Instructor: Andersen M/W/F 3:35 – 4:30pm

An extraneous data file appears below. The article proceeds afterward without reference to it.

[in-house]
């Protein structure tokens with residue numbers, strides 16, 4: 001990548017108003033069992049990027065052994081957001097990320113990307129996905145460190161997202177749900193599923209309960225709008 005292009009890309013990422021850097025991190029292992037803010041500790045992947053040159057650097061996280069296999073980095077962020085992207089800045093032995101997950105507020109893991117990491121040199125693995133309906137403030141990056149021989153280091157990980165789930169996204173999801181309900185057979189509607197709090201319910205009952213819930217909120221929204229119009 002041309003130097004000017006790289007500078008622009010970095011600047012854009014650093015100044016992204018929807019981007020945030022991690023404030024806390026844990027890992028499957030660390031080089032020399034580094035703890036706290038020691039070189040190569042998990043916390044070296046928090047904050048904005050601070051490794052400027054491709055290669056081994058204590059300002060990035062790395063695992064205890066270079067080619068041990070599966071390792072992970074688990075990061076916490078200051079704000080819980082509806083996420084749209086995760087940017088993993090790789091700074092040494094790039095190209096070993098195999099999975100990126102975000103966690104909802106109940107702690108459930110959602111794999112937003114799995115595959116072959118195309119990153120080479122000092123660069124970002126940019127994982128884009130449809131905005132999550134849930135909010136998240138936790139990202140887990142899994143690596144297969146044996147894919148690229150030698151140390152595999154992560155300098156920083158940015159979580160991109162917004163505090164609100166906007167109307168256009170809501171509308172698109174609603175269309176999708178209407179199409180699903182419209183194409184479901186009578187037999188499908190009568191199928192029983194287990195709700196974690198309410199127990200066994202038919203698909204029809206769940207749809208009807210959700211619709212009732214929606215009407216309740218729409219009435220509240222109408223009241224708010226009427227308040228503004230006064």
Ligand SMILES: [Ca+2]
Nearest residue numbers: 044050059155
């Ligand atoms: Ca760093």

Crime does pay, at least in publishing. Detective fiction is a bestselling genre, but how did it become so popular? Why, it’s elementary my dear Watson! This course will investigate the usual suspects—including Edgar Allan Poe, Arthur Conan Doyle, and Agatha Christie—as well as a rogues’ gallery of authors who have pushed the boundaries of this genre from its origins in the nineteenth century to the present day. We’ll search for clues in the literary criticism and theory of detective fiction, in order to uncover how the conventions of the genre were established, and how the genre has changed over time. Along the way, we’ll discuss questions of literary taste. Why is some literature considered highbrow, while the rest is relegated into categories of genre fiction, and who gets to make these decisions? We’ll probe questions of epistemology: what constitutes proof and evidence, and how do we know what we know? We’ll discuss the unconscious bias that leads characters to pin guilt on the foreigner or other characters on the margins of society. Students will participate actively in discussion, and respond to the course texts with short essays, blog posts, and creative projects.